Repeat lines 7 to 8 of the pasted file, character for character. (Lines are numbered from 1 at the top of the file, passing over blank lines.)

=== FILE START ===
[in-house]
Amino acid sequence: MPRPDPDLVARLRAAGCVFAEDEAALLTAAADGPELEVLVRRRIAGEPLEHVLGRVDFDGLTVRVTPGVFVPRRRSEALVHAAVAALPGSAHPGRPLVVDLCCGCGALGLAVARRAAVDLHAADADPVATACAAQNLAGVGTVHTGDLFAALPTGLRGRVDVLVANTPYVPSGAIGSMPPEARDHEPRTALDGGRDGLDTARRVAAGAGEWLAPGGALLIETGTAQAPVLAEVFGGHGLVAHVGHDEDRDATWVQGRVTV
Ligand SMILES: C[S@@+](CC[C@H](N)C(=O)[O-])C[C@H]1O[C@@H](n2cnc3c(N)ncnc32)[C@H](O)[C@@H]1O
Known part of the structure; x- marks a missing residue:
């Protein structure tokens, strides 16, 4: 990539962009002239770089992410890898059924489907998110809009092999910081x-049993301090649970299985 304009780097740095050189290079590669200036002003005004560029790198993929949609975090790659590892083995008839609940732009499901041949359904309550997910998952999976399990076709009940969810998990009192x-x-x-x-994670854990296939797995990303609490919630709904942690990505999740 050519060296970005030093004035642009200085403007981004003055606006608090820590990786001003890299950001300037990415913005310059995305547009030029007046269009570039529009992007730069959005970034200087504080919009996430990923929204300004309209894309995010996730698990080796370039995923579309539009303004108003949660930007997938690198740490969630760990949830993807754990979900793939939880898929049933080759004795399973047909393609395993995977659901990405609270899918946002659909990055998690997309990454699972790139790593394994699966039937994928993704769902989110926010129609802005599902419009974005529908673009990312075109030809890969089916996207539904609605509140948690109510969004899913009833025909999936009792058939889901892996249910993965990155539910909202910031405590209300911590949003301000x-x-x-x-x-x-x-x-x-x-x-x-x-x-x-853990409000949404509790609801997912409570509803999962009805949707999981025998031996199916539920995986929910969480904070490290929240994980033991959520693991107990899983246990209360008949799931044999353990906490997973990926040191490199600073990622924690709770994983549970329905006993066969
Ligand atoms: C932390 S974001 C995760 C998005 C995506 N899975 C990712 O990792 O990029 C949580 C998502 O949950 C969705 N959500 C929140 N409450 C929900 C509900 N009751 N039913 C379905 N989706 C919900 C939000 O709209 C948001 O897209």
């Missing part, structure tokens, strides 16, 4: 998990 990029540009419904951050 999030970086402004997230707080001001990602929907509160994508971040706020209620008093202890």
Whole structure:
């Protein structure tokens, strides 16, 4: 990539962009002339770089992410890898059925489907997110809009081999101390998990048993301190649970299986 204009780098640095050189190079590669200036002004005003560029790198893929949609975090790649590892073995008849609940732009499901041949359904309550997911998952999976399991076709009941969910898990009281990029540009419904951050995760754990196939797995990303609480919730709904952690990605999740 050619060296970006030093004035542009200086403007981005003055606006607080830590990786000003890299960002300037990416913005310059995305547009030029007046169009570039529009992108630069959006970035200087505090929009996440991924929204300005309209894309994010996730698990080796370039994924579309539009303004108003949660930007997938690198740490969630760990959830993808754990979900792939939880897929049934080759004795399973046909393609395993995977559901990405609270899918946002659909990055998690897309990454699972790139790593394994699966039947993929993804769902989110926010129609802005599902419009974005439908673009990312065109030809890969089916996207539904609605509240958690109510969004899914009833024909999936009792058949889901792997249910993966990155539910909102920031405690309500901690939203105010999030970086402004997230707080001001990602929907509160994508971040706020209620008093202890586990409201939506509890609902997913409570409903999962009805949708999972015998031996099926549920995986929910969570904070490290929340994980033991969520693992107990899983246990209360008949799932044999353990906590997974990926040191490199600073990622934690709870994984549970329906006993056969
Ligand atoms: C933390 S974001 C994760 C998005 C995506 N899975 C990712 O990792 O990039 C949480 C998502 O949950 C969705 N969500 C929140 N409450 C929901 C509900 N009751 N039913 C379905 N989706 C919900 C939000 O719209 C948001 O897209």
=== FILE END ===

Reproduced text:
């Missing part, structure tokens, strides 16, 4: 998990 990029540009419904951050 999030970086402004997230707080001001990602929907509160994508971040706020209620008093202890």
Whole structure: